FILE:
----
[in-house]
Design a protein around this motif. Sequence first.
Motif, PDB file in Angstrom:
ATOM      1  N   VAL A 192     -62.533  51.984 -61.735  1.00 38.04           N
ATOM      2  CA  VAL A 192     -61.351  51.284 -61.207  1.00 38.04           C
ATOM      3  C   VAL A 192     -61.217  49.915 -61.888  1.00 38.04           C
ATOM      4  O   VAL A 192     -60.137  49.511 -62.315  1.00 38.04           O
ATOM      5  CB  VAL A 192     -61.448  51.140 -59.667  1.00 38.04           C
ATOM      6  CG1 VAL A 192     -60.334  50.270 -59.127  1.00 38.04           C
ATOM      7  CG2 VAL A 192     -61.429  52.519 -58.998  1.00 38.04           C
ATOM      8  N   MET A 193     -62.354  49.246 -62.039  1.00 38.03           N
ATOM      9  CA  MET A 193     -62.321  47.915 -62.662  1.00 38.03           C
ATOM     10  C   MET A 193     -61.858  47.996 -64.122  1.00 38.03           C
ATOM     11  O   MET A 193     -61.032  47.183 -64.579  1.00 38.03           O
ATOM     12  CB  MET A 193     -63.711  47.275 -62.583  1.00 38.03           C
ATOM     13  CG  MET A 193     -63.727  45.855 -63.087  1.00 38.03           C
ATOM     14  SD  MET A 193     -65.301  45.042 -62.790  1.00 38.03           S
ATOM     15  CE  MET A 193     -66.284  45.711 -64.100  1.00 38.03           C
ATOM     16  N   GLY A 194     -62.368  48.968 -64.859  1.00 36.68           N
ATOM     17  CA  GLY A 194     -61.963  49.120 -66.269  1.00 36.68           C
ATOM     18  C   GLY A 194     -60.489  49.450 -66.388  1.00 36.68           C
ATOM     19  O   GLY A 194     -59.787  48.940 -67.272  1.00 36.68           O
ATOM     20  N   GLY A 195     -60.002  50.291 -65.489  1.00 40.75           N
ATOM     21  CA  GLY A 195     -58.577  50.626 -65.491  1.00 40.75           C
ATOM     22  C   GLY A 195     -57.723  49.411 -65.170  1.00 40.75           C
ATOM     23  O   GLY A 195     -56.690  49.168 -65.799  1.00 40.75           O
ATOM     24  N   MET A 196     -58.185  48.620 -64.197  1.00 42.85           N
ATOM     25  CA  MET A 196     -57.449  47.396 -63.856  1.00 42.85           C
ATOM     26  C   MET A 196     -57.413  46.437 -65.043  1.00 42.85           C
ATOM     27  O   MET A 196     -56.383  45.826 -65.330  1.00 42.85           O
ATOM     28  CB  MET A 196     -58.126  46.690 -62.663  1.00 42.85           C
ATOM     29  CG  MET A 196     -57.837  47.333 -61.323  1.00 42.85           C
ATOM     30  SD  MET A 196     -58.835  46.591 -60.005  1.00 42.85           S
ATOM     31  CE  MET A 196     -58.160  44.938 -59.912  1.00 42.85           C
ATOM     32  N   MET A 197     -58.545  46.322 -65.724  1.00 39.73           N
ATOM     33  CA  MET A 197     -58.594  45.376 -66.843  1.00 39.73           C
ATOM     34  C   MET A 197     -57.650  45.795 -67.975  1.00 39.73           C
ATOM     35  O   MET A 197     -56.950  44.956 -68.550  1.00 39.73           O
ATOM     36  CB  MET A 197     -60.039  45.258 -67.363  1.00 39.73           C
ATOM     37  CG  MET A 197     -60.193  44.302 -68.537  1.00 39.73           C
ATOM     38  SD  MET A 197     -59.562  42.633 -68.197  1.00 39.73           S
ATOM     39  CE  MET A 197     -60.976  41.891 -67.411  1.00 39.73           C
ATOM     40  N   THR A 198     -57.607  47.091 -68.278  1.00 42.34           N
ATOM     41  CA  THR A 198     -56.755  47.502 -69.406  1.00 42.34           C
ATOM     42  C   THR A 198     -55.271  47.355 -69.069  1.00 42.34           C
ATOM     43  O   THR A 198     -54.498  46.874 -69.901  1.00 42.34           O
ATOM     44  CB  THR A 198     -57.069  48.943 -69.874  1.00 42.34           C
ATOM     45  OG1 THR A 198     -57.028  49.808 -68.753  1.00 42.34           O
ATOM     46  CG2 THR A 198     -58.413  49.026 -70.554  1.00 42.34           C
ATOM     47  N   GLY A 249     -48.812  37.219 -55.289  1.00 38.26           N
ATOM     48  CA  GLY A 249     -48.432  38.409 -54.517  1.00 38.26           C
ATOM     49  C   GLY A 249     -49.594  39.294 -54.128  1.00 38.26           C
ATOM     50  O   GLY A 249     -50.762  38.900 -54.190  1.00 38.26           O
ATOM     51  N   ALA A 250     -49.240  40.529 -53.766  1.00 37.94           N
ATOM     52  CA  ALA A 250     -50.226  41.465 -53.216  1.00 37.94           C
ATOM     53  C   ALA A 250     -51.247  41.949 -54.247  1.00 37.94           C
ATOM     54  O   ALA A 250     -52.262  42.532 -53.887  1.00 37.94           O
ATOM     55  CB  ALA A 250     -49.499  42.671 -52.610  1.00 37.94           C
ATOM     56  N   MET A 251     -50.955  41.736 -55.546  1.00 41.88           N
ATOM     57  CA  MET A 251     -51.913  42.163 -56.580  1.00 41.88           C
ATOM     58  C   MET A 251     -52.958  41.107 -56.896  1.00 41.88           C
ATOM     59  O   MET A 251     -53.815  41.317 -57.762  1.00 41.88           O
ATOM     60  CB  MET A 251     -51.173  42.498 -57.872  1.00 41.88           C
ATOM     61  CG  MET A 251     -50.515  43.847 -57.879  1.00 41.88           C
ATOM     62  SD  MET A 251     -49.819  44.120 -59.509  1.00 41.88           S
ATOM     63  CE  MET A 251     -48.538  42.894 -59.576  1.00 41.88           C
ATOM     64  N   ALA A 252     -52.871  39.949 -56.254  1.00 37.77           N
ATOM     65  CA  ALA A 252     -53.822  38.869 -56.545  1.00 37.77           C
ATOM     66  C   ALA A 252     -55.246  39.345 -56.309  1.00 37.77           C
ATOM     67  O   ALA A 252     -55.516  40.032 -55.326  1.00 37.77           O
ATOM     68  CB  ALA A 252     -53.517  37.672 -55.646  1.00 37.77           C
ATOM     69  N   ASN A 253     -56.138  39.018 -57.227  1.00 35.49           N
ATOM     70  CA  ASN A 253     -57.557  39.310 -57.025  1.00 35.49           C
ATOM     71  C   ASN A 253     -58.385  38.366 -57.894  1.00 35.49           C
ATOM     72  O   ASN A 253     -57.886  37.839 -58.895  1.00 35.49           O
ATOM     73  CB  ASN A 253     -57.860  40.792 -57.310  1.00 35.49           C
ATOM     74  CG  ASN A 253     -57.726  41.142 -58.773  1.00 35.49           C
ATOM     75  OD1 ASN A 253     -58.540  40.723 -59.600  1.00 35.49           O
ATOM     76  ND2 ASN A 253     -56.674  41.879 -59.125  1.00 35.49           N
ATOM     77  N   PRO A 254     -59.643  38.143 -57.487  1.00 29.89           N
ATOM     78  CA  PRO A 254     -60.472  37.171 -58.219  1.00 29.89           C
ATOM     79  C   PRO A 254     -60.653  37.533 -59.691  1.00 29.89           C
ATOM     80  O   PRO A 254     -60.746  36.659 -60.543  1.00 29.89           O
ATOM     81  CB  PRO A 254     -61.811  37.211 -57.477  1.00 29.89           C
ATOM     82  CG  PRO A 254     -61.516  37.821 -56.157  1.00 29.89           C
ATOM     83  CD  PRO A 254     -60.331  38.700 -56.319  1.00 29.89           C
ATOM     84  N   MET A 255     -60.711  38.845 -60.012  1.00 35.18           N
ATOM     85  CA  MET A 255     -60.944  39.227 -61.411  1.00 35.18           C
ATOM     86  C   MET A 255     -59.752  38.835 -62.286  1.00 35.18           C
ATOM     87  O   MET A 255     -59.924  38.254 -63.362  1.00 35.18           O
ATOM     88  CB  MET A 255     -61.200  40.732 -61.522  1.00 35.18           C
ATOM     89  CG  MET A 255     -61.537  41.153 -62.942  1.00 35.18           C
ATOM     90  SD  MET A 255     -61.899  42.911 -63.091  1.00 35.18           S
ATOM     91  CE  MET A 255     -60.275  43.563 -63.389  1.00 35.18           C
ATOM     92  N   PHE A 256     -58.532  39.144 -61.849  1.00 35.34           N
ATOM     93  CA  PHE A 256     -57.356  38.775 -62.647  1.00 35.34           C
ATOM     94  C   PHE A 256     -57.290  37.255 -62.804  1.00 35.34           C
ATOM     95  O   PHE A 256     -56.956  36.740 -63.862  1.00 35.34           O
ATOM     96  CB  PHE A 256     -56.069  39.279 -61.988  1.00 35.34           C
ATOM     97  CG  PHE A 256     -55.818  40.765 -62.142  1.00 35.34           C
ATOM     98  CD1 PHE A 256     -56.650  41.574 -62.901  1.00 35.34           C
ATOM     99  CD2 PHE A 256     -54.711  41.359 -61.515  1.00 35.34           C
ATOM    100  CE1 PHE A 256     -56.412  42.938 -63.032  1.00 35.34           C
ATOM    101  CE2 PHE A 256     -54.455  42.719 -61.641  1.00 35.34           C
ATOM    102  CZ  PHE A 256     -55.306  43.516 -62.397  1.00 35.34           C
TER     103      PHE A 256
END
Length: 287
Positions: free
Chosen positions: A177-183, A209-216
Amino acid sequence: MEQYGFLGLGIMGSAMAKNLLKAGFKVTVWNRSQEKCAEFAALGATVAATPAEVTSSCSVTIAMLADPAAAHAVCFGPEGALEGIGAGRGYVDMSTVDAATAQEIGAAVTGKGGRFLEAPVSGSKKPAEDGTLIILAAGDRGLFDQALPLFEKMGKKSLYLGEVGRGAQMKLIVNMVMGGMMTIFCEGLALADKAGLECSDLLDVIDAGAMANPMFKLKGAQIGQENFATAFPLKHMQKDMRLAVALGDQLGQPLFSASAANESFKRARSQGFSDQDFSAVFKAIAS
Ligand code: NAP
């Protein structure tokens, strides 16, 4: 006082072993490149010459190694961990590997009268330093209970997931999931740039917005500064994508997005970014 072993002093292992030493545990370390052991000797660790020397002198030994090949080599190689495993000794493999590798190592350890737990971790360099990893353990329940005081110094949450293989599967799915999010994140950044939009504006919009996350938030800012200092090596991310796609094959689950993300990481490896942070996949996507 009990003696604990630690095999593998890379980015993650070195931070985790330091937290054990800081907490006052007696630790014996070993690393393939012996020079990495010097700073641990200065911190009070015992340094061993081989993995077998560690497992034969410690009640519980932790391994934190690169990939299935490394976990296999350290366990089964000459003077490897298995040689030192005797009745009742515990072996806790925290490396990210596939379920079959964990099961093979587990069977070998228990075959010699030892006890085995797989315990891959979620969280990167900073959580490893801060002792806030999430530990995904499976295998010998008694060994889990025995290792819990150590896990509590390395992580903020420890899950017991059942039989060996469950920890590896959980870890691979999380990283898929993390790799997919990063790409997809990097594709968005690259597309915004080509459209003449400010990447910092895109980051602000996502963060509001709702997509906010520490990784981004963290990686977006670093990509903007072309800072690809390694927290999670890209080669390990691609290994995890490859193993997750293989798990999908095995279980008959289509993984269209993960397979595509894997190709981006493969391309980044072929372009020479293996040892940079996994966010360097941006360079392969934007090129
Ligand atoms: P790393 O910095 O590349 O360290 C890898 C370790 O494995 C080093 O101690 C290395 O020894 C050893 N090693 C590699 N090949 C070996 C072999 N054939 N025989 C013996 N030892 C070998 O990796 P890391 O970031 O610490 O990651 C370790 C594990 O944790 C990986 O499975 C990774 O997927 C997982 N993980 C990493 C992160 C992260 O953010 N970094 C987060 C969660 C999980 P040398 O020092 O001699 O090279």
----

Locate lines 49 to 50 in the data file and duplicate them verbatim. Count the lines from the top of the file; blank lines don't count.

ATOM     46  CG2 THR A 198     -58.413  49.026 -70.554  1.00 42.34           C
ATOM     47  N   GLY A 249     -48.812  37.219 -55.289  1.00 38.26           N